Early 17th century Protestant scholars in the Netherlands also took a keen interest, but their characterisation of the Lead Books as a blatant fabrication only served to discredit dissenting opinions within Catholic Spain by association with heresy. The Vatican remained highly sceptical of the texts, however, and in 1642 succeeded in having the Lead Books sent to Rome, together with an associated "ancient" parchment which had been discovered in 1588 in a lead box in the tower of a former mosque in the city of Granada itself. A prolonged investigation by the Holy Office in Rome concluded in 1682 that both the parchment and the Lead Books were heretical forgeries. While the Vatican's condemnation did not implicate any specific individuals, scholarly consensus since the sixteenth century is that the forgers were probably Luna and Castillo, the same two Moriscos who had translated many of the texts. While further discussion of the books by Catholics was officially forbidden, some Spanish scholars continued to maintain the authenticity of the texts through till the 19th century. The Lead Books were kept in the Vatican, but eventually returned to the Abbey of the Sacromonte in the year 2000. The Church authorities in Granada continue to forbid scholarly access however, on the grounds that the official prohibition remains in force. Current studies depend on the various (often partial and highly contradictory) transcripts and translations made at the time of the books' discovery, and on some independent decipherments produced by Vatican Arabists.

Almost all scholars now concur with the official verdict and believe that the books are a forgery intended to promote toleration of the language, dress and customs of Christian Moriscos in the face of increasing hostility from the Spanish Inquisition and the Castilian state. If so, this exercise was unsuccessful in its general objective, as between 1609 and 1614 the entire Christian Morisco population of Andalucia, estimated as 250,000 persons, was deported, and, although some were allowed to settle in Italy, most eventually found their way to North Africa or Turkey, where they reverted to Islam. Both Castillo and Luna escaped this fate, as the archbishop of Granada, Pedro de Vaca de Castro y Quiñones, grateful for the immense increase in the prestige of his see arising from the discovery of the relics of St Caecilius, extended his personal protection to them and their families. Many of the deported Moriscos remained convinced of the books' authenticity however, and transcripts continued to circulate within Tunisia, until this practice was forcibly suppressed by Islamic religious authorities there.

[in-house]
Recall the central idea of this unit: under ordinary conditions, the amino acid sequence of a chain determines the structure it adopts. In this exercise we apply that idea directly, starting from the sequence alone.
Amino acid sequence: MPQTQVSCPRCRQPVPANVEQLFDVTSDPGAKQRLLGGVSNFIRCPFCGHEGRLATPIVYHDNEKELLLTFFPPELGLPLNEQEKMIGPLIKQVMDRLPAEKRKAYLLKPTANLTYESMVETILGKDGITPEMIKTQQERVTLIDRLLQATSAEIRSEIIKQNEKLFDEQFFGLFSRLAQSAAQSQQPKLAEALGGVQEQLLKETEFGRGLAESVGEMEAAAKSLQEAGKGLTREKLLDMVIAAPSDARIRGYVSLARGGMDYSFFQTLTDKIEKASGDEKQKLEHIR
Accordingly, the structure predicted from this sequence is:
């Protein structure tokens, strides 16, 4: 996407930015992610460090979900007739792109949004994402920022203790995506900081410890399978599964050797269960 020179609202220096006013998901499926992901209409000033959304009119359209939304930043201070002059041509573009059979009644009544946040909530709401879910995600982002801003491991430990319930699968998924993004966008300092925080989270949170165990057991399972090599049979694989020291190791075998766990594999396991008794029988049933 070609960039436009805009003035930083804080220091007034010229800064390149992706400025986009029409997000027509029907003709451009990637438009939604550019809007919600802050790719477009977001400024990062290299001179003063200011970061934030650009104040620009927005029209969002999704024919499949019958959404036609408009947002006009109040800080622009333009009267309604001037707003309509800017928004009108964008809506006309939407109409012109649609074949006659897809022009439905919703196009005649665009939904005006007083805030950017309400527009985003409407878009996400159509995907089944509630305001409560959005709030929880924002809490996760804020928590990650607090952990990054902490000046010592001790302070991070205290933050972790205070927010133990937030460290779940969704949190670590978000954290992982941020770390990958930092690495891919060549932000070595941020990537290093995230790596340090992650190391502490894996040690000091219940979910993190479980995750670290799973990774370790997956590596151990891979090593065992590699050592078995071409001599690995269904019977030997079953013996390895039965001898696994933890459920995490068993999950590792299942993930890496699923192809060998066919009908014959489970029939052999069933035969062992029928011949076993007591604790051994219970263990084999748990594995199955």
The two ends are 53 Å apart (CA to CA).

The authenticity of the bones and ashes of the 12 martyrs was never officially challenged, and they continue to be venerated in the Abbey that Archbishop Castro built on the spot. Hence the legend has acquired a moral function directly contrary to the intention of its presumed original propagators; far from validating the authentically Spanish identity of Granada's Morisco traditions, the legend has served to sanction and celebrate the supersession of those traditions.

References[edit]

  • Alonso, C. (1979). Los apócrifos del Sacromonte (Granada). Valladolid: Editorial Estudio Agustiniano.
  • Caro Baroja, J. (1992). Las falsificaciones de la historia (en relación con la de España). Barcelona: Seix Barral.
  • Kendrick, T. D. (1960). St. James in Spain. London: Methuen and Co.
  • Hagerty, M. J. (1980). Los libros plúmbeos del Sacromonte. Madrid: Editora Nacional. (Reprinted 1998, 2007. Granada: Editorial Comares.)
  • Harris, A. K. (1999). "Forging History: the Plomos of Granada in Francisco Bermúdez de Pedraza’s Historia eclesiástica". Sixteenth Century Journal XXX:4 pp. 945-966.
  • Harris, A. K. (2007). From Muslim to Christian Granada: Inventing a City's Past in Early Modern Spain. Baltimore: Johns Hopkins University Press.
  • Harvey, L. P. (2005). Muslims in Spain, 1500 to 1614. Chicago: University of Chicago Press. (A full English translation of one Sacromonte text is included in an appendix).
  • Gómez de Liaño, I. (1975). Los juegos del Sacromonte. Madrid: Editora Nacional. (Reprinted 2005. Granada: Universidad de Granada.)
  • Los Plomos del Sacromonte. Invención y tesoro. Edited by M. Barrios Aguilera and M. García-Arenal. València: Universitat de València. 2006.